A Refuge That Became a Place of Death

A resident of Qana, in southern Lebanon, weeps as he shows the bodies of some of the 57 victims of an Israeli airstrike on a building being used as a shelter.
A resident of Qana, in southern Lebanon, weeps as he shows the bodies of some of the 57 victims of an Israeli airstrike on a building being used as a shelter. (By Lefteris Pitarakis -- Associated Press)

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By Anthony Shadid
Washington Post Foreign Service
Monday, July 31, 2006

QANA, Lebanon, July 30 -- The bulldozer slowly clawed at the rubble Sunday, in motions gentle for a machine. In its path were what was left of life: a bag of onions and a can of beans, a dirt-crusted sandal, a baby bottle, a plaid bag with a diaper still tucked inside and a punctured picture of a young boy, posing awkwardly, his arms stiff at his side. As the sun arced overhead, Israeli shelling thundering in the distance, the shouts went out: "Stop! Stop!" Rescuers surged, then one emerged, his back slightly stooped.

Cradled in his arms was the 27th victim pulled from a partially buried room that had sheltered 63 people in the southern Lebanese village of Qana. The victim's name was Abbas Hashem, and he was 1 year old. His blue pacifier still dangled from his green tank top.

Behind the pair was a book, tossed by the blast into a splintered olive tree.

"The Keys to Heaven," its title read.

Tragedy visited Qana again Sunday, a once-picturesque village of figs, grapevines and olive trees along rolling, rocky hills where Lebanese believe Jesus Christ turned water into wine for a wedding. It was here on April 18, 1996, that 106 people were killed when Israeli forces shelled a U.N. compound that had given refuge to 800 Lebanese. The Lebanese government said that at least 57 people were killed in an Israeli attack on the same village Sunday, 37 of them children, their bodies frozen in the angles that only death can bring.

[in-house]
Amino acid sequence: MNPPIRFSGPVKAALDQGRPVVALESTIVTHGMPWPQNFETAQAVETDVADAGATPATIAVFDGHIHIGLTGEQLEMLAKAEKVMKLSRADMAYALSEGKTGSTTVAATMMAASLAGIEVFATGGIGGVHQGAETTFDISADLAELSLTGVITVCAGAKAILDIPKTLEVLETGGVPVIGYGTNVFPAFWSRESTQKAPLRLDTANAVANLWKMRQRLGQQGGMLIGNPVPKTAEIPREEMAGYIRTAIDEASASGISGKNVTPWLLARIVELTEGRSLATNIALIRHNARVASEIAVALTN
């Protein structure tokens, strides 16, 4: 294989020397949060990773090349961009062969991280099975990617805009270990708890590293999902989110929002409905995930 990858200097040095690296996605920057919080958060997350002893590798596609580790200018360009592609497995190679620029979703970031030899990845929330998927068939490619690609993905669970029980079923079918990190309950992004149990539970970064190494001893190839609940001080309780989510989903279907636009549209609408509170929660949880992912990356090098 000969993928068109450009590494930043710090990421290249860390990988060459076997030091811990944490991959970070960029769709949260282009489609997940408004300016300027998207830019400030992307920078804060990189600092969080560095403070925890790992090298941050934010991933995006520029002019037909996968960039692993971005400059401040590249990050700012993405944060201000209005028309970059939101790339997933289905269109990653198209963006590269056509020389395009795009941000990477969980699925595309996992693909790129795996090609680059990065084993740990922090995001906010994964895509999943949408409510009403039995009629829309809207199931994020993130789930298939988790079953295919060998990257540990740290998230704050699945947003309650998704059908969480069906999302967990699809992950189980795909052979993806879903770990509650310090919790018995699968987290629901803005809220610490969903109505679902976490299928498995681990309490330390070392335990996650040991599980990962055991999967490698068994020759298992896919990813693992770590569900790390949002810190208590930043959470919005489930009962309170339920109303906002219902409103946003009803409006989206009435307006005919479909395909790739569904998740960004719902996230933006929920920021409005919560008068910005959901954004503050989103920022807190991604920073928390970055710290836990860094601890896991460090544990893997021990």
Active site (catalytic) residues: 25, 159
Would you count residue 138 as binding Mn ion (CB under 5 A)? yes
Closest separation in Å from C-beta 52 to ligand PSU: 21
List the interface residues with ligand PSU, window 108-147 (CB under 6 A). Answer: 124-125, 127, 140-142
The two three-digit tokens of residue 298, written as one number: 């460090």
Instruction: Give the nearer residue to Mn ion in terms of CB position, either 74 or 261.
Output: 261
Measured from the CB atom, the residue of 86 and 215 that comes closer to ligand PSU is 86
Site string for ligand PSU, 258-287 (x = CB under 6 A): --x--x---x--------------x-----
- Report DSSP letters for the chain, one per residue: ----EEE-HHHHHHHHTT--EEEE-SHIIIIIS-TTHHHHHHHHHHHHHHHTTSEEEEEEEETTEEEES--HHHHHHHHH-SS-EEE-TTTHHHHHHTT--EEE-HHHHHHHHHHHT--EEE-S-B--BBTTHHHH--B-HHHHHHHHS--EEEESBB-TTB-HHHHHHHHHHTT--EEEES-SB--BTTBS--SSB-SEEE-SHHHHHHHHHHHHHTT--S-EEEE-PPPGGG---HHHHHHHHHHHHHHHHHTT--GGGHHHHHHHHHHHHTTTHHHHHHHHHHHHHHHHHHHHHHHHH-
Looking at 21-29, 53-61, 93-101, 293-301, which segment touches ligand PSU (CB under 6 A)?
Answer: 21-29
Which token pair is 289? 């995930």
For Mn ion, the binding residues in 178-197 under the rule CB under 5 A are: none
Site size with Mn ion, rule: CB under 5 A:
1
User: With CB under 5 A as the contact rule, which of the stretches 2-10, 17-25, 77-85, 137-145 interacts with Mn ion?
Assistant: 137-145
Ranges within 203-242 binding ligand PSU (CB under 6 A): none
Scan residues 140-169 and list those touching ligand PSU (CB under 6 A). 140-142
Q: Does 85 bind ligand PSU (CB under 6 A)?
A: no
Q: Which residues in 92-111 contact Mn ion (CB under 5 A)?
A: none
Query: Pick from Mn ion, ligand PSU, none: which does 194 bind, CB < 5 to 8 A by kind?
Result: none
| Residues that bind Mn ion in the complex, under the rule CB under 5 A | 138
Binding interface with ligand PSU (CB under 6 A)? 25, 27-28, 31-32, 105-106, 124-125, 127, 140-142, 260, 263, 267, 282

Most of the 27 people whose bodies were recovered had suffocated, choking to death on dirt and debris as their refuge became their cemetery.

"The people thought they were safe in a shelter," Bassam Muqdad, the head of a Lebanese Red Cross team, said simply.

Israel said its attack on the three-story, concrete and cinder-block building, perched atop a ridge along a winding dirt road, came after rockets were fired from the area. Villagers were blunt in their support for Hezbollah but insisted that fighters were not operating near their homes. They said the village had been under Israeli surveillance for a week, their movements in and out of the shelter clearly visible. The village itself, they said, is under the control of Amal, a Shiite Muslim group and sometime rival of Hezbollah.

The scene was desperate Sunday, filled with anger at the loss of civilian life, a sense of abandonment, incomprehension, defiance and grief.

"I'm staying here! I'm dying in my village!" an elderly man shouted as rescue workers tried to get him to leave Qana.

He was one of the last left. Finally, he was pushed to the village's edge.

Soon after, a stretcher passed, carrying a corpse.


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